The last few years have witnessed enormous growth in the secondary market for interests in private equity funds and their portfolio companies.1 Sales of “non-strategic” assets, the anticipation of regulatory reform, regulator-mandated sales and, more generally, greater interest among institutional investors in actively managing their portfolios have all helped to drive the market. Recent fund-raising activity by secondary managers attests to the recent strength of the market, as well as market expectations of continuing high levels of transaction activity.
The defining transactions in recent years include the sale of large fund portfolios by major United States financial institutions, including sales by Bank of America and Citibank N.A., who have largely unwound their once multi-billion dollar proprietary private equity fund portfolios. More recently, secondary players have assisted with the restructuring of millennial “orphan” or, more critically, “zombie,” funds—purchasing funds or significant portions of the portfolios of funds launched in the early years of the millennium that were approaching, or had reached, their originally scheduled expiration dates.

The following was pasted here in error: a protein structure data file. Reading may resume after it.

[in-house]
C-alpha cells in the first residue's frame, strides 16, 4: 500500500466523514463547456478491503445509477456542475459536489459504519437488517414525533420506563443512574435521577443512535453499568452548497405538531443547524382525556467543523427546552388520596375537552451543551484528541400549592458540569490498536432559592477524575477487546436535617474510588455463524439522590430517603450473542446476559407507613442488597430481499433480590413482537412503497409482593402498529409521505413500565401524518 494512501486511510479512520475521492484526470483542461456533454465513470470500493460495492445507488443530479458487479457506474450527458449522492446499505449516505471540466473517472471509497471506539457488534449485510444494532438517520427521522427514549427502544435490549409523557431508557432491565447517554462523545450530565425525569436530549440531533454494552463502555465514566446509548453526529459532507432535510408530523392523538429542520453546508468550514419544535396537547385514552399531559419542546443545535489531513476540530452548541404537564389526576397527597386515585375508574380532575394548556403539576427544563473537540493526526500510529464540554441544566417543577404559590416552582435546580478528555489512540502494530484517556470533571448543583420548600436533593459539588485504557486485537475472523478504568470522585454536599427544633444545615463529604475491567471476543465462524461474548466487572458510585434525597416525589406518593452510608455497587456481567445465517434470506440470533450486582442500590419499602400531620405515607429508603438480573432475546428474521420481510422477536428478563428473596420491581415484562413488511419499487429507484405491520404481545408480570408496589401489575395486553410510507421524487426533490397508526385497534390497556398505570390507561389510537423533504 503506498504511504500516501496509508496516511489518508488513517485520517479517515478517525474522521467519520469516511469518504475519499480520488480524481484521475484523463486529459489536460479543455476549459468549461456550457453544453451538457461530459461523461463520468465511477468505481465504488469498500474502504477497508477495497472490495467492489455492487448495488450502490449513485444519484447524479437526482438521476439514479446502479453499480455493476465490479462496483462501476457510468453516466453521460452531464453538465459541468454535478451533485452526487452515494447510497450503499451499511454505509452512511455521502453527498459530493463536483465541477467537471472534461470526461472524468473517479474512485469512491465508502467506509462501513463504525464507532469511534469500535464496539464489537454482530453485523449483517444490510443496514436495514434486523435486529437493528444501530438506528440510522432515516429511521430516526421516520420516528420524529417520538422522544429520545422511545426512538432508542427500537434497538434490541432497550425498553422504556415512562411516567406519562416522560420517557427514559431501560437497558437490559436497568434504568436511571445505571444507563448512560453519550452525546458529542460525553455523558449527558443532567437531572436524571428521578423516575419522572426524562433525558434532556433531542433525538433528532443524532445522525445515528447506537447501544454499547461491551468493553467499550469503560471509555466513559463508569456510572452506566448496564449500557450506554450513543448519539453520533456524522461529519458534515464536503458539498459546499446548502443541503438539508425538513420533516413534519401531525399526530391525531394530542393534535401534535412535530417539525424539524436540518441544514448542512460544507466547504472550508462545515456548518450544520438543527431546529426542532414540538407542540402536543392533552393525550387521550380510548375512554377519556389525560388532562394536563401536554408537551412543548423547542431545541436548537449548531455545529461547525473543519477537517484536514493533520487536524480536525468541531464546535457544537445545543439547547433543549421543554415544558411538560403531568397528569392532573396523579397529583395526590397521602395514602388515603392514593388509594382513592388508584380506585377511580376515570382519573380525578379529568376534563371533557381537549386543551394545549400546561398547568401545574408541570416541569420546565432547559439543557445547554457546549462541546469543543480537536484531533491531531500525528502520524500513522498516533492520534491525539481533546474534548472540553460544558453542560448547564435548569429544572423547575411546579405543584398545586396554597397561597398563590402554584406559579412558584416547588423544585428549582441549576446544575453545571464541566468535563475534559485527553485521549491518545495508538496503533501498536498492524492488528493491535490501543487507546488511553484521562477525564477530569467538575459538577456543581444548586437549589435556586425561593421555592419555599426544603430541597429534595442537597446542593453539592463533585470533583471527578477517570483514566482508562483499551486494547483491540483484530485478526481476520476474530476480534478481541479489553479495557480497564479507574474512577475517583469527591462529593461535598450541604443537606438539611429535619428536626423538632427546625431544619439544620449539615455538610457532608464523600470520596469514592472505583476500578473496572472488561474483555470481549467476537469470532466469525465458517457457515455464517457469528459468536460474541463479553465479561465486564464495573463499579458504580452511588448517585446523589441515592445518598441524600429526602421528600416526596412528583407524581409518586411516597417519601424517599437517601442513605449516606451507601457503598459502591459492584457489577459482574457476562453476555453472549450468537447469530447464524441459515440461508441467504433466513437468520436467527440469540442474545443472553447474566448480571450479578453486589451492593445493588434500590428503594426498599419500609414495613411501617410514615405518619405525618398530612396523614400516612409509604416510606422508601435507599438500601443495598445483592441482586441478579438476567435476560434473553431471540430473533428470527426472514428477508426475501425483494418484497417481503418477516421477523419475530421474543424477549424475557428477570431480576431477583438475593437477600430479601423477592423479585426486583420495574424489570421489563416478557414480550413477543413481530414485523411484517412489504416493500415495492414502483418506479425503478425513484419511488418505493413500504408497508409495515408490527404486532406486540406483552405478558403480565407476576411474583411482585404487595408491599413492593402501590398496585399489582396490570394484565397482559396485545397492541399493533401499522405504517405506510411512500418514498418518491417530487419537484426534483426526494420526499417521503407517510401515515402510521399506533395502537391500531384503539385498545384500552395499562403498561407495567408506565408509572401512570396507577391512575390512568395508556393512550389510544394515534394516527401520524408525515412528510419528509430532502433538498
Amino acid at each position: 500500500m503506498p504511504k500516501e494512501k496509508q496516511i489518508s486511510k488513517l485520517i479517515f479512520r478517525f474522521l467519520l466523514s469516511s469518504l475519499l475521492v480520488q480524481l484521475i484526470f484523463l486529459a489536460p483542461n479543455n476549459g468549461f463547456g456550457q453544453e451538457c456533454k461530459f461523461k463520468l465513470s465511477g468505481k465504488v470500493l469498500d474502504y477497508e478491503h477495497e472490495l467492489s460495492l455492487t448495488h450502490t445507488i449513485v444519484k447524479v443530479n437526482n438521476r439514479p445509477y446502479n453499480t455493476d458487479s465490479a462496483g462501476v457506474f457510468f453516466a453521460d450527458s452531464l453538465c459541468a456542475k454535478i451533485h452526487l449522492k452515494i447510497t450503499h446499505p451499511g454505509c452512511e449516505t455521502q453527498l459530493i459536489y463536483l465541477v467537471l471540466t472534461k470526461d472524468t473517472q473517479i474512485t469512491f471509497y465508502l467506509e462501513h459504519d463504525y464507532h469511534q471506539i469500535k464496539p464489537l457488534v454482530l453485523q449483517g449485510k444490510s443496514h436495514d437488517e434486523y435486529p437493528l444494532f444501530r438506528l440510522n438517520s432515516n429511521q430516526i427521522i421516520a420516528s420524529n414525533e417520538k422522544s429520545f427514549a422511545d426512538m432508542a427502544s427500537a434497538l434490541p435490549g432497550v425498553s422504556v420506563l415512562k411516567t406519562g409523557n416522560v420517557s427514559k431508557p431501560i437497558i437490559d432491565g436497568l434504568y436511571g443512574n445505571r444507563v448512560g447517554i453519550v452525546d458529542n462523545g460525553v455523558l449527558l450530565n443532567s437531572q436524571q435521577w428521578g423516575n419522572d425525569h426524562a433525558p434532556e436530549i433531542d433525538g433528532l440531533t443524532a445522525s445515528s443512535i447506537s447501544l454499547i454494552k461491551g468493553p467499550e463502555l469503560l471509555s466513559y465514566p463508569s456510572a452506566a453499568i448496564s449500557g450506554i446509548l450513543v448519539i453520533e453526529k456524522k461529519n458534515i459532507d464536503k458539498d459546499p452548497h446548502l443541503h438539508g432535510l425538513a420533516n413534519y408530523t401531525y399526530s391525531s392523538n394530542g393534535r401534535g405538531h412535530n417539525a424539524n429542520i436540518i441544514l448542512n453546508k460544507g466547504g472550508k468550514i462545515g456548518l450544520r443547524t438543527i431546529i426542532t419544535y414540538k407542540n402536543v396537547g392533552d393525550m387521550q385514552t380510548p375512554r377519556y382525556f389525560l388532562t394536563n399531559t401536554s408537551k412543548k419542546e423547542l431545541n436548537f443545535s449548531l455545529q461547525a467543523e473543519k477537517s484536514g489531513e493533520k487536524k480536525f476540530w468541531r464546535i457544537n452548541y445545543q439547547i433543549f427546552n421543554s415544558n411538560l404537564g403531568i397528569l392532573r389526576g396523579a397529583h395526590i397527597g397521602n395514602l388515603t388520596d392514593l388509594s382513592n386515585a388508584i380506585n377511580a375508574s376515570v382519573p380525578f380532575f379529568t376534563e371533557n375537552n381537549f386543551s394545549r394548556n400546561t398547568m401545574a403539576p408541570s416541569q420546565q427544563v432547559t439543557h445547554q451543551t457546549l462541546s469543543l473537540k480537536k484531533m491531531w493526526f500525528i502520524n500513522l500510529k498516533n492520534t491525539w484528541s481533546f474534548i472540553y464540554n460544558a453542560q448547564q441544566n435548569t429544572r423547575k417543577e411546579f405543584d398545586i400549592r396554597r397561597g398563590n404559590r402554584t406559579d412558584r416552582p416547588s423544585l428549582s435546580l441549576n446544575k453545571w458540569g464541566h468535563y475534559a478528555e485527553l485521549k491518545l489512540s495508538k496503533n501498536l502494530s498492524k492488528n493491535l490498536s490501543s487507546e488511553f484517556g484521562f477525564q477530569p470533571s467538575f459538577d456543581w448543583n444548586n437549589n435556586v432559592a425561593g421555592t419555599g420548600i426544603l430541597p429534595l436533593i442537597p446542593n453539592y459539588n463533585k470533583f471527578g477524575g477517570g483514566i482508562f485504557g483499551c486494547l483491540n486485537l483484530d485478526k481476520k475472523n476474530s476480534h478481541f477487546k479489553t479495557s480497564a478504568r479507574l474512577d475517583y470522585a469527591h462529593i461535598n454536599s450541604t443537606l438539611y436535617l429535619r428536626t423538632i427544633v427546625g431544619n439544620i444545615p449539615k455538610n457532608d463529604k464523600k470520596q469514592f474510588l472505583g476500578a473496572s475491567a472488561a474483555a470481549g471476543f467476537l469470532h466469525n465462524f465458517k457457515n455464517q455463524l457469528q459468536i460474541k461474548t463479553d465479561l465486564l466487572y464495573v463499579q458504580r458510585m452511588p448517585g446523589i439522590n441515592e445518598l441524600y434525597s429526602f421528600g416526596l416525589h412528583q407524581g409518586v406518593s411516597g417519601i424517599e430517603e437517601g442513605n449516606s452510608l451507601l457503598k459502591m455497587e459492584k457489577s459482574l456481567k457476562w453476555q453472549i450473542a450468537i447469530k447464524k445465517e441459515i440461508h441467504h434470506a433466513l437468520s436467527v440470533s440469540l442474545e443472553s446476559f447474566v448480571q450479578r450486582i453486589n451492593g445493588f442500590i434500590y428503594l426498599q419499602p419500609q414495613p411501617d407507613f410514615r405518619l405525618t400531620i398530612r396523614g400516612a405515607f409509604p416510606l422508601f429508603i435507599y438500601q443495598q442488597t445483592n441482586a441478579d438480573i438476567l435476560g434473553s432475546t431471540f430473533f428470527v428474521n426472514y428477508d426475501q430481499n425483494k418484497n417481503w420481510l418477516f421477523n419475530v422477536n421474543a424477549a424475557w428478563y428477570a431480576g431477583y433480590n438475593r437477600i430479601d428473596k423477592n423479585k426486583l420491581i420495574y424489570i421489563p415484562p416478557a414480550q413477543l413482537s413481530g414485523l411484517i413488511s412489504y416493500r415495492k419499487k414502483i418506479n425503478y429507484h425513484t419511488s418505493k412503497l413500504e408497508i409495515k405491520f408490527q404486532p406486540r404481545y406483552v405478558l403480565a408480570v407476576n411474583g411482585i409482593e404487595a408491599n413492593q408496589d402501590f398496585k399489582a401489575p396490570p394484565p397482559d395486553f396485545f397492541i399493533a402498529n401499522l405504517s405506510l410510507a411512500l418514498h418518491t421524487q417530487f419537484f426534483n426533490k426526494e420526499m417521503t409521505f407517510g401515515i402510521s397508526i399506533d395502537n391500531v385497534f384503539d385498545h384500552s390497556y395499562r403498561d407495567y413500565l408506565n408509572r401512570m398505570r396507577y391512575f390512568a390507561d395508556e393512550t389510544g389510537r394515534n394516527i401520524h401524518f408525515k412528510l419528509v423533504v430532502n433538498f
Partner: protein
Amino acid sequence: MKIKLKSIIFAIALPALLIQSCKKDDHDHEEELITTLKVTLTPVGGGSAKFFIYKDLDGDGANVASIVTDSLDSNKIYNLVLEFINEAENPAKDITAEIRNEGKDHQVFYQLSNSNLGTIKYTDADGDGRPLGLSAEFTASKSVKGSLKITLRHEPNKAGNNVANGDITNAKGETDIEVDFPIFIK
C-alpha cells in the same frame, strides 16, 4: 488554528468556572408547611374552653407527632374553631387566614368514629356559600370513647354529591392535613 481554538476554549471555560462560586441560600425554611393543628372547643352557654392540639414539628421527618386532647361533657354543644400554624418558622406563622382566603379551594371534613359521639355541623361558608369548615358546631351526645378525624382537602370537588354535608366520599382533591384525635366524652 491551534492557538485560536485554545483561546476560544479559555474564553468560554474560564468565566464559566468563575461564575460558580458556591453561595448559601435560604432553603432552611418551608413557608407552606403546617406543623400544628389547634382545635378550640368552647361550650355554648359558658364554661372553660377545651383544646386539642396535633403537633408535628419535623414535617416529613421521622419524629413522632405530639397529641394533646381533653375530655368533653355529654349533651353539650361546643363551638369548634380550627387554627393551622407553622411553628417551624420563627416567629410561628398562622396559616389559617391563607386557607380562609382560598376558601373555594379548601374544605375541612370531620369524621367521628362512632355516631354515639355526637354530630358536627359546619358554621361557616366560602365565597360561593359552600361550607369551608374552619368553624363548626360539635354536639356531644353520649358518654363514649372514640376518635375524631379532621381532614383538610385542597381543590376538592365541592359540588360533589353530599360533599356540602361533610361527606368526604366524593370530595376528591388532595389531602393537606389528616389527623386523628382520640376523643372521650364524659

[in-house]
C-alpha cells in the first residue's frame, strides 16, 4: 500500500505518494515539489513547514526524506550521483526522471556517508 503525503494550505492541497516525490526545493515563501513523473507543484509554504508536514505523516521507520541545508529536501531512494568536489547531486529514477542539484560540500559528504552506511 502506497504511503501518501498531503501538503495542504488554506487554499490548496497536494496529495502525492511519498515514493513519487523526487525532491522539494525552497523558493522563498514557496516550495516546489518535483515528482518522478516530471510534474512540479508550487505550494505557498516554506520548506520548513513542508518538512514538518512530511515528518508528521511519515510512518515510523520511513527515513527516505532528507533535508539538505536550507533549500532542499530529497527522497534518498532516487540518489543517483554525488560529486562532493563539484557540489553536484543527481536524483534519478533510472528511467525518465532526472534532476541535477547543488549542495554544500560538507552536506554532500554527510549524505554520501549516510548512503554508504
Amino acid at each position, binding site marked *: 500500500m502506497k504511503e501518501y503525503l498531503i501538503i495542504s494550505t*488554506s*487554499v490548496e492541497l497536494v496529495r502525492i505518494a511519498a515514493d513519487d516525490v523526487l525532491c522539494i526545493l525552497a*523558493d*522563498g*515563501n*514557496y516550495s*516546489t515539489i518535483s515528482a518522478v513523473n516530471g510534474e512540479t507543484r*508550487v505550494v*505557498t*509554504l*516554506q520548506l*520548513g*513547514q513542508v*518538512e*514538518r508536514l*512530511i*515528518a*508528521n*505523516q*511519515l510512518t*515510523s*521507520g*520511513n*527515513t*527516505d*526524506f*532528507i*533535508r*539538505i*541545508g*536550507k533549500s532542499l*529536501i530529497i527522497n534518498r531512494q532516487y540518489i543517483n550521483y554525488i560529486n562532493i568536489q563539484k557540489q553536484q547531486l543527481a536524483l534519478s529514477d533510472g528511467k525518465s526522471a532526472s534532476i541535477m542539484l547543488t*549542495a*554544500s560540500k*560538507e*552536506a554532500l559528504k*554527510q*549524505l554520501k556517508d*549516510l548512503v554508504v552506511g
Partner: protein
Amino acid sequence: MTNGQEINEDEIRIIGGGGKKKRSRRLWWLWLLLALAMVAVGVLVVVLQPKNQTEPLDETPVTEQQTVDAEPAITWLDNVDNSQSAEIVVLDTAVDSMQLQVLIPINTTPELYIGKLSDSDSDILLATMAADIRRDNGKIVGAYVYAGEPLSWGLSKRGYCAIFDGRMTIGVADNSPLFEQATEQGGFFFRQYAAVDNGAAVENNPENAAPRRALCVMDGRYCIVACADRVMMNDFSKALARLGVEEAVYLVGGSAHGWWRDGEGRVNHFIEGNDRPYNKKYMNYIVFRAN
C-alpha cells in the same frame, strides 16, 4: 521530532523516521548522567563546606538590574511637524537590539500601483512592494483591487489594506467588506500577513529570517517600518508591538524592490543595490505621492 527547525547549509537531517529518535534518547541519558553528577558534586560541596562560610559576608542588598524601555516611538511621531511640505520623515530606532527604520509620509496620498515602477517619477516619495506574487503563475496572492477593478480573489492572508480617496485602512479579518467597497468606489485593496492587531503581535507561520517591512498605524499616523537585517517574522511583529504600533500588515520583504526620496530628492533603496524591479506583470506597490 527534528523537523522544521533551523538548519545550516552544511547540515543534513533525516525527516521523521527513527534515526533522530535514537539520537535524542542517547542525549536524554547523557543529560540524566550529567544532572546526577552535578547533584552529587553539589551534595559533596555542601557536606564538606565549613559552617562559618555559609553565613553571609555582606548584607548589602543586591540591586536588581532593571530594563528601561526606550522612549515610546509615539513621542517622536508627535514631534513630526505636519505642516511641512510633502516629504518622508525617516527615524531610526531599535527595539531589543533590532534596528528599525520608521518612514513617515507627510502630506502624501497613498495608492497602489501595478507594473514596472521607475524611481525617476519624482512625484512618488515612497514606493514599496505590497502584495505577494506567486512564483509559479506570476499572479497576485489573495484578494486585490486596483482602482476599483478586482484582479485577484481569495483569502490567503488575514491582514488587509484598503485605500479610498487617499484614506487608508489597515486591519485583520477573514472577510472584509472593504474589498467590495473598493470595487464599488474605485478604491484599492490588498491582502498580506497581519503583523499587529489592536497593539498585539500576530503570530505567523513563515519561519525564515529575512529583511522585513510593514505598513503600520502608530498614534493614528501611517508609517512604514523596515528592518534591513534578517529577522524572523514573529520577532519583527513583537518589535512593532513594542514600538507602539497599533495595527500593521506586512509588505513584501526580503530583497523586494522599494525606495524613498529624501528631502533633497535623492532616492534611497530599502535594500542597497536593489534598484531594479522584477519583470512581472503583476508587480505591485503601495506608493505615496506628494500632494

These transactions are signs of not only the regulatory changes sweeping the industry, but also a maturation and increasing sophistication of the secondary market. In a world where most transfers of private equity fund interests continue to change hands in small, one-off transactions, larger, more complex transactions represent an increasing share of the market.
As the secondaries market evolves, prospective transactions are widely expected to involve sales by financial institutions, particularly European banks; institutional investors seeking to rebalance their portfolios, typically by paring individual names or positions; and, increasingly, secondary transactions that operate to close down or restructure funds that have reached or will soon reach their expiration dates. In a market defined by highly constrained private equity allocation limits, with demand for new products that still lags pre-financial crisis levels, each of these seller constituencies will drive the secondary market over the next few years.
Fund as Seller